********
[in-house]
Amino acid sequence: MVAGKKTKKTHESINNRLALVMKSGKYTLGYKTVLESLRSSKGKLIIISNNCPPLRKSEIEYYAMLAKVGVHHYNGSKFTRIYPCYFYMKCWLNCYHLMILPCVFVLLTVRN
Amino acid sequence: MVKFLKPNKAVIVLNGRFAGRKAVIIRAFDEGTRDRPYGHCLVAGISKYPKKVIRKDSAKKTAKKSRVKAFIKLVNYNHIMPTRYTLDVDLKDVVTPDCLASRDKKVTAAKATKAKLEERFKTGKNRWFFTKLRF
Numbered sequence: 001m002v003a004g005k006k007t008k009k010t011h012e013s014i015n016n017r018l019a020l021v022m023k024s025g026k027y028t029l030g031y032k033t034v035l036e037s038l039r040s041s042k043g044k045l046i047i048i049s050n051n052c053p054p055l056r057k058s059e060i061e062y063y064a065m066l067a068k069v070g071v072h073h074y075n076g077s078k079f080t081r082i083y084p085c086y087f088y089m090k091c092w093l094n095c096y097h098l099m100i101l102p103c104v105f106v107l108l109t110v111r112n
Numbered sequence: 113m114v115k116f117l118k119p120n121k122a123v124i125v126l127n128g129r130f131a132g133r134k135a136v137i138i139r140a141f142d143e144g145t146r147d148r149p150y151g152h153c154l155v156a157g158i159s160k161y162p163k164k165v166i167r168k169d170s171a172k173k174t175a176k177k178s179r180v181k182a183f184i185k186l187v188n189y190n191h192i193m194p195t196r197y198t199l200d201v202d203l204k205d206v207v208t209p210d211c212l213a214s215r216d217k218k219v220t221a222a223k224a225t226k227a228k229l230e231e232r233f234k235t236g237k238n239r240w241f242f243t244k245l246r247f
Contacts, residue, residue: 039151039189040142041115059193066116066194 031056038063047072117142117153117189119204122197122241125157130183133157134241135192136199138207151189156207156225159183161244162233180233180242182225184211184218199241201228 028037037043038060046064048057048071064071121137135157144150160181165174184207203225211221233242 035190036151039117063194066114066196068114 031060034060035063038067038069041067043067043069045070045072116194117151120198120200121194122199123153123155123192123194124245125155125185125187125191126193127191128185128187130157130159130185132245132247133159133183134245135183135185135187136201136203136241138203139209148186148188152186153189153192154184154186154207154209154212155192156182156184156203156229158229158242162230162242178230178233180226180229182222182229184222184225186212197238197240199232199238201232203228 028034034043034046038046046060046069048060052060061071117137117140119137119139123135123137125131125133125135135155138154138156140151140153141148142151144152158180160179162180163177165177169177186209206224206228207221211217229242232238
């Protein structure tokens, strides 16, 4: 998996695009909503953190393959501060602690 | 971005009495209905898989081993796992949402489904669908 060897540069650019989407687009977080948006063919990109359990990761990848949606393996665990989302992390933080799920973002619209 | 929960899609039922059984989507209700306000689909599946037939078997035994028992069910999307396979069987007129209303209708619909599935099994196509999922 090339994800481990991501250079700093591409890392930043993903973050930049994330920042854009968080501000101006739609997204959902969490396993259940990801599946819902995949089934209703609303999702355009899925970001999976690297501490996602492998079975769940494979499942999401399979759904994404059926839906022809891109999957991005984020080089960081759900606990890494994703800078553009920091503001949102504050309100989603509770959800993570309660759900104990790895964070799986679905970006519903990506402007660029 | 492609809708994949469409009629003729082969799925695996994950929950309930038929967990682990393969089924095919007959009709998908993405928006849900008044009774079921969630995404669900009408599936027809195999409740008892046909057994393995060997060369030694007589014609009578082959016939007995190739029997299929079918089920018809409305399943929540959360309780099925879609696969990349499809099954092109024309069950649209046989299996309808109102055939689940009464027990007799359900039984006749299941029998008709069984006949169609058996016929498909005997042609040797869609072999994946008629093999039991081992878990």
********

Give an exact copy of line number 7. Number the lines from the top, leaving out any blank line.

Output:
């Protein structure tokens, strides 16, 4: 998996695009909503953190393959501060602690 | 971005009495209905898989081993796992949402489904669908 060897540069650019989407687009977080948006063919990109359990990761990848949606393996665990989302992390933080799920973002619209 | 929960899609039922059984989507209700306000689909599946037939078997035994028992069910999307396979069987007129209303209708619909599935099994196509999922 090339994800481990991501250079700093591409890392930043993903973050930049994330920042854009968080501000101006739609997204959902969490396993259940990801599946819902995949089934209703609303999702355009899925970001999976690297501490996602492998079975769940494979499942999401399979759904994404059926839906022809891109999957991005984020080089960081759900606990890494994703800078553009920091503001949102504050309100989603509770959800993570309660759900104990790895964070799986679905970006519903990506402007660029 | 492609809708994949469409009629003729082969799925695996994950929950309930038929967990682990393969089924095919007959009709998908993405928006849900008044009774079921969630995404669900009408599936027809195999409740008892046909057994393995060997060369030694007589014609009578082959016939007995190739029997299929079918089920018809409305399943929540959360309780099925879609696969990349499809099954092109024309069950649209046989299996309808109102055939689940009464027990007799359900039984006749299941029998008709069984006949169609058996016929498909005997042609040797869609072999994946008629093999039991081992878990």